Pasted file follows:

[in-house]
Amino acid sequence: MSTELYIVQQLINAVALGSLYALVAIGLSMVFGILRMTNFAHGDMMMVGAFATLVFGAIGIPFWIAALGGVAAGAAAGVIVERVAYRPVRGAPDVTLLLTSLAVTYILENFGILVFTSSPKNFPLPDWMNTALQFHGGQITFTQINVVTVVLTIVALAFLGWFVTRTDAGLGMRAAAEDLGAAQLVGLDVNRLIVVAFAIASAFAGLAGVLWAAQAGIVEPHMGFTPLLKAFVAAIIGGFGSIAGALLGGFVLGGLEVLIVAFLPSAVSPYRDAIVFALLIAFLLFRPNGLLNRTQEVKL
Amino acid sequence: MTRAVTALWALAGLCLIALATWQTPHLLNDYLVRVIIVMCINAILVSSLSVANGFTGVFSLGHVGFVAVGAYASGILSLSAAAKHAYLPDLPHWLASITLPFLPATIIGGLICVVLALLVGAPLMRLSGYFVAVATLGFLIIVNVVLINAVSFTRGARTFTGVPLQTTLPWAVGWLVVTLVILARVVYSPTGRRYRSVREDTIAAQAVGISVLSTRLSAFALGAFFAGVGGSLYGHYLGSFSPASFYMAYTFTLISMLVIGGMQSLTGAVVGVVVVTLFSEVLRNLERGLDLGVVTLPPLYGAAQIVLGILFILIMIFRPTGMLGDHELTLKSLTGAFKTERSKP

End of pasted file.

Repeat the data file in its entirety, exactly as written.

[in-house]
Amino acid sequence: MSTELYIVQQLINAVALGSLYALVAIGLSMVFGILRMTNFAHGDMMMVGAFATLVFGAIGIPFWIAALGGVAAGAAAGVIVERVAYRPVRGAPDVTLLLTSLAVTYILENFGILVFTSSPKNFPLPDWMNTALQFHGGQITFTQINVVTVVLTIVALAFLGWFVTRTDAGLGMRAAAEDLGAAQLVGLDVNRLIVVAFAIASAFAGLAGVLWAAQAGIVEPHMGFTPLLKAFVAAIIGGFGSIAGALLGGFVLGGLEVLIVAFLPSAVSPYRDAIVFALLIAFLLFRPNGLLNRTQEVKL
Amino acid sequence: MTRAVTALWALAGLCLIALATWQTPHLLNDYLVRVIIVMCINAILVSSLSVANGFTGVFSLGHVGFVAVGAYASGILSLSAAAKHAYLPDLPHWLASITLPFLPATIIGGLICVVLALLVGAPLMRLSGYFVAVATLGFLIIVNVVLINAVSFTRGARTFTGVPLQTTLPWAVGWLVVTLVILARVVYSPTGRRYRSVREDTIAAQAVGISVLSTRLSAFALGAFFAGVGGSLYGHYLGSFSPASFYMAYTFTLISMLVIGGMQSLTGAVVGVVVVTLFSEVLRNLERGLDLGVVTLPPLYGAAQIVLGILFILIMIFRPTGMLGDHELTLKSLTGAFKTERSKP